It has not been a good season so far for Daniel Sturridge. He has started just three of his side's seven Premier League games, along with three appearances off the bench. But he has no goals yet to show for it.
In fact, his only goalscoring contribution so far this season came in the form of a brace to cap off a 5-0 thrashing of Burton Albion in the EFL Cup. And even in that game, he only came on as a substitute.
He has yet to complete 90 minutes as well, having been subbed off in each of his three starts this season - and relatively early too.
Against Burnley, he was subbed off in the 65th minute. It was the 76th against Leicester, and just the 57th against Chelsea. That's not even 200 minutes out of a possible 270 (not including stoppage time).
There also seems to be a problem with his position. Jurgen Klopp clearly trusts Roberto Firmino, and likes to deploy him as a false-9, which seems to be his best position. However, in a 4-3-3, to include both Sturride and Firmino is to push one of them wide. Both players have been forced onto the flanks to accommodate the other - neither have thrived when put in that position.
When played in his preferred position, though, Firmino has been effective. Where Sturridge has failed to score in the league, the Brazilian has netted three, along with one in the EFL Cup game against Burton.
Sturridge replaced Adam Lallana in the first half of Liverpool's last game against Swansea City due to an injury to the midfielder. Philippe Coutinho - who had started on the left - dropped back into midfield, while Sturridge formed part of the front three.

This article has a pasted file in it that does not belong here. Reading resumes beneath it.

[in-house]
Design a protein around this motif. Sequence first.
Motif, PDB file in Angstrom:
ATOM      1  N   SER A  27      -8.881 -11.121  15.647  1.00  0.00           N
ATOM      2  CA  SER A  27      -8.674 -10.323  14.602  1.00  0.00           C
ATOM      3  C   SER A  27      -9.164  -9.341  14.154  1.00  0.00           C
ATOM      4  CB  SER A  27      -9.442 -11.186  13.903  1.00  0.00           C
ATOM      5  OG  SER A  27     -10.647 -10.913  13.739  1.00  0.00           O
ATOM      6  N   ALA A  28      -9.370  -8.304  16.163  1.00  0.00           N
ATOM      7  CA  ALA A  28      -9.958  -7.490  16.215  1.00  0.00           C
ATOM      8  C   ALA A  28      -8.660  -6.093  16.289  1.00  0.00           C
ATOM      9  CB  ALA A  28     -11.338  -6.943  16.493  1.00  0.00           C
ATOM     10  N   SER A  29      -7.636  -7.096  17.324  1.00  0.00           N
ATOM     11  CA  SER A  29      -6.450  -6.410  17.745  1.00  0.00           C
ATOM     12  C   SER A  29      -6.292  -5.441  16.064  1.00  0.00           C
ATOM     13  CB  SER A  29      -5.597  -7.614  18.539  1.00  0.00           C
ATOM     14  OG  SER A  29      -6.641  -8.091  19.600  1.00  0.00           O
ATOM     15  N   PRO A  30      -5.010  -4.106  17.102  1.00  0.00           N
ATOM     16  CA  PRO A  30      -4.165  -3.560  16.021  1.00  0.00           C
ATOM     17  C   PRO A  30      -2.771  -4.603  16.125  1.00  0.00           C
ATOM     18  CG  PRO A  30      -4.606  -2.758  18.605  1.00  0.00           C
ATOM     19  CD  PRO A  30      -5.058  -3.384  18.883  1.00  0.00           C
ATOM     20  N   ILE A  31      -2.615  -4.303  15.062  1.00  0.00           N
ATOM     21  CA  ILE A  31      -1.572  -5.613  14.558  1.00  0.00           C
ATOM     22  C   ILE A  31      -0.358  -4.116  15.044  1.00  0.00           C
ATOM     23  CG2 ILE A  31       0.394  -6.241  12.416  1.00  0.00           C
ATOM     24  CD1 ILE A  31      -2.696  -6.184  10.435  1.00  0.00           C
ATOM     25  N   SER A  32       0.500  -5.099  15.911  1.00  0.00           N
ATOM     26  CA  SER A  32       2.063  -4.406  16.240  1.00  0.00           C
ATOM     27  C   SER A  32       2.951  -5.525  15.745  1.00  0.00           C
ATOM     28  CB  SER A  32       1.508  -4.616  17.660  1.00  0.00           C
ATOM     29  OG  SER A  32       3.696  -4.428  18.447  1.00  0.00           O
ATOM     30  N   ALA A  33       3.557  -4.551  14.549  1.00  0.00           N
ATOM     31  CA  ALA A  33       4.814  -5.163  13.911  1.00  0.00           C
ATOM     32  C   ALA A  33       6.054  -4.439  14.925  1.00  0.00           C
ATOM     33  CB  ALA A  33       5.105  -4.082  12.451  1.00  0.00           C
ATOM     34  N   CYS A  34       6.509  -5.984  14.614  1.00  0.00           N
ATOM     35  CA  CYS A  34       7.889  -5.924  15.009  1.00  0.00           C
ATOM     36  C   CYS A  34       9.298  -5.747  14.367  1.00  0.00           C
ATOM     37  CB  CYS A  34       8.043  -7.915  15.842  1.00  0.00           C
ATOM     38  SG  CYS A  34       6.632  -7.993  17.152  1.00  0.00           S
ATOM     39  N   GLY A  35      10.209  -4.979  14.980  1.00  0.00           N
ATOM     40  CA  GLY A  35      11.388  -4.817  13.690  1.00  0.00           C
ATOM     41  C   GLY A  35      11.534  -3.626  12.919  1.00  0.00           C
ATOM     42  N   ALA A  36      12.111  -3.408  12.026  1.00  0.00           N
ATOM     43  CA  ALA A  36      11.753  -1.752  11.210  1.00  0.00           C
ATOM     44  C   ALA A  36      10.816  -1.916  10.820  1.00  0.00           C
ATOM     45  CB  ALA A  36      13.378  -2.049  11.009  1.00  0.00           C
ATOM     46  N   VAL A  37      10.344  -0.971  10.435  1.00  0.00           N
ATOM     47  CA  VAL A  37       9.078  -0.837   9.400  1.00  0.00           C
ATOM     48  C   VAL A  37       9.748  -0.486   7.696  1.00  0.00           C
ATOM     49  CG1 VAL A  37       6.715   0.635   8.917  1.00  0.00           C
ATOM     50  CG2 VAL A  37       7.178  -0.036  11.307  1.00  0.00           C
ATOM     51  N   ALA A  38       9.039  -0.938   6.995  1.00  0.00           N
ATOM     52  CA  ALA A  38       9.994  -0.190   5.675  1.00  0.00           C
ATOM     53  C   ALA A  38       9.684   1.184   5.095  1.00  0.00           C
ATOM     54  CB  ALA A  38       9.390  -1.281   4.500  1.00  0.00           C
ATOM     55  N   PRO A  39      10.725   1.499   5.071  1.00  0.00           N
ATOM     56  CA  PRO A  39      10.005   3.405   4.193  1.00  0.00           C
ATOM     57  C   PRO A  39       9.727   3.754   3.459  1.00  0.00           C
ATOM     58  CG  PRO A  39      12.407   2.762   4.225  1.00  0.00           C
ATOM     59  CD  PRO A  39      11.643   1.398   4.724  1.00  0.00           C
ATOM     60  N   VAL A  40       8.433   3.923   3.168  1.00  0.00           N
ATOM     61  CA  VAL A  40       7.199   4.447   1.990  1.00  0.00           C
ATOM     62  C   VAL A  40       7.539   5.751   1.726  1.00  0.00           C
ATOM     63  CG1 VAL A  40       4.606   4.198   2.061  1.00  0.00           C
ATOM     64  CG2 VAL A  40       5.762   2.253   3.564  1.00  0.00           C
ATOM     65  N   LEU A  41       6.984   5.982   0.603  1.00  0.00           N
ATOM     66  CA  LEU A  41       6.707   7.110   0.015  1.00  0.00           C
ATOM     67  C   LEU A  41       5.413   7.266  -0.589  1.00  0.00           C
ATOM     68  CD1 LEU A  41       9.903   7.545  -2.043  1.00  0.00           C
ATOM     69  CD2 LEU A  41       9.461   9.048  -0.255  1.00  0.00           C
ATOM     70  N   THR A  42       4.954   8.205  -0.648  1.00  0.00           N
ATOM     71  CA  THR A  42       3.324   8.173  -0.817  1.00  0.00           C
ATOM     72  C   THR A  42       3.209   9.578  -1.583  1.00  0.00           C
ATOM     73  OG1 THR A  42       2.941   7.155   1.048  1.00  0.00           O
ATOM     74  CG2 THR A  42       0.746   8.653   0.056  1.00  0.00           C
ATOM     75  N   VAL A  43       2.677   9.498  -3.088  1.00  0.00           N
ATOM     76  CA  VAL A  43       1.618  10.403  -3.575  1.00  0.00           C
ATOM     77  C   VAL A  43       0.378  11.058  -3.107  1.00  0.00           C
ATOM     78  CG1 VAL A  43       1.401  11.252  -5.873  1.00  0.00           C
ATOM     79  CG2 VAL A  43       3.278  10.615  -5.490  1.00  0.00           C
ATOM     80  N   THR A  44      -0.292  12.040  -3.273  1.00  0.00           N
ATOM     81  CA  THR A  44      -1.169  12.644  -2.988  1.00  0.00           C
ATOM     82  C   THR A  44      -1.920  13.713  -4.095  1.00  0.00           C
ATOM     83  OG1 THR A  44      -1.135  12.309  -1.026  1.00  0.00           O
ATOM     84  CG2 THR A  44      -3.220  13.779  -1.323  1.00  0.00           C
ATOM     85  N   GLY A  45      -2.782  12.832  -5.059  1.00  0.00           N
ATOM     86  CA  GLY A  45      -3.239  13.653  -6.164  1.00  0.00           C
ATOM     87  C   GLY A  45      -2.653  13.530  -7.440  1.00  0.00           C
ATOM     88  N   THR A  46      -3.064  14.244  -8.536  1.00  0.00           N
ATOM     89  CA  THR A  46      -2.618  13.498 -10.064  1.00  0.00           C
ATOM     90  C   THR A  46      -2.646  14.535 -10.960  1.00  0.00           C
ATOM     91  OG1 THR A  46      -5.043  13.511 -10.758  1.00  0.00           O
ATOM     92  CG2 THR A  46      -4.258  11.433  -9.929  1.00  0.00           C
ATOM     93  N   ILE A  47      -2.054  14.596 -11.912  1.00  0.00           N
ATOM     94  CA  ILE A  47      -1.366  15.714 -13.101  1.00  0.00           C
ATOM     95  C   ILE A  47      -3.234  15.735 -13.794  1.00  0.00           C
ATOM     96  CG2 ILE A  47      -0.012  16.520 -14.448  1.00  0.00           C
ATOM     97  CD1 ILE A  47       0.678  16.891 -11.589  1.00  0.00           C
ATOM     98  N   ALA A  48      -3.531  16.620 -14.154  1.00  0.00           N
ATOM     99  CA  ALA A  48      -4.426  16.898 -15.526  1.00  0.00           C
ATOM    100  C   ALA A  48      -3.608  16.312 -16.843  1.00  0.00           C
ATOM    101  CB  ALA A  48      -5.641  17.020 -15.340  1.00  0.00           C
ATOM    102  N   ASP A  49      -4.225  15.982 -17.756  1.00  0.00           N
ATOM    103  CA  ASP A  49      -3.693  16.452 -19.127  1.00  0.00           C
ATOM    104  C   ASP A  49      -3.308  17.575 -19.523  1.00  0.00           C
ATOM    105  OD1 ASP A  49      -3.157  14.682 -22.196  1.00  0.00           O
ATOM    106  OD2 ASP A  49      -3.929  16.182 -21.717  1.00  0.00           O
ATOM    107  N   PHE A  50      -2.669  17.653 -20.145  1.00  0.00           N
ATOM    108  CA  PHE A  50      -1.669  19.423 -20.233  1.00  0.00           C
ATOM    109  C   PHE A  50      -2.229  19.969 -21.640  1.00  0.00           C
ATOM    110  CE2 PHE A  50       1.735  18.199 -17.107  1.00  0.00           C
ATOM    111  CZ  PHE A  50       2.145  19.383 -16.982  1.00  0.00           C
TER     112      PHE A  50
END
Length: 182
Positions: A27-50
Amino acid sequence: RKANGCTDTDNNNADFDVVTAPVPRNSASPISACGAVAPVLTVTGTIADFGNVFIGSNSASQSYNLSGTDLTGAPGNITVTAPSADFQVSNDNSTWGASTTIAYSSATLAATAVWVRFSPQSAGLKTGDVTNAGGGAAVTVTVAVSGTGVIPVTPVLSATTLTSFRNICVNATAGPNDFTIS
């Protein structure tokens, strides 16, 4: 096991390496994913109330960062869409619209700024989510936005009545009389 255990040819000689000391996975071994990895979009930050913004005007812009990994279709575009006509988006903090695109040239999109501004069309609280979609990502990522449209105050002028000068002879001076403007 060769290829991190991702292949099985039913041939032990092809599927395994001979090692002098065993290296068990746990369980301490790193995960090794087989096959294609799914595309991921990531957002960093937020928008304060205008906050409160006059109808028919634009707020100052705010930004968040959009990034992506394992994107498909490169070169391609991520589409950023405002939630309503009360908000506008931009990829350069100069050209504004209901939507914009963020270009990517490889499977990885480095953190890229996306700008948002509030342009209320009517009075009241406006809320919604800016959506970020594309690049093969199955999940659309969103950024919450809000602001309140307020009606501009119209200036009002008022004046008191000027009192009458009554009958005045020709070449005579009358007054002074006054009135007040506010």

He looked out of place, popping up in all three attacking roles, but the front line was disjointed, rather than fluid.
There is also a question of his style under Klopp. Often, Sturridge will shoot when he might pass, or demand the ball from a player in a decent position. This is not necessarily a bad thing. All good strikers must have a selfish streak in them to some degree (Luis Suarez at Liverpool was an excellent example).
But in Klopp's team-oriented, high-pressing system, it does not seem to fit. In fact, though Sturridge has received far more minutes than his counterpart, Divock Origi seems like a stylistically better fit than the England striker.
He, like Sturridge, is quick and incisive, but the Belgian is strong as well, and seems to link up better with those around him.
The truth is, Jurgen Klopp clearly recognises Sturridge's obvious talent, but is struggling to incorporate him into a system alongside Firmino. Sturridge was either the first, or one of the first, of the substitutes brought on in his three substitute appearances, and Klopp is trying to give him an opportunity.
It may be, however, that this is a union that is not meant to be. With Lallana out, this is Sturridge's - and Klopp's - window to find a solution to this problem.
If one doesn't come, Sturridge may well have to look for a new club in January.
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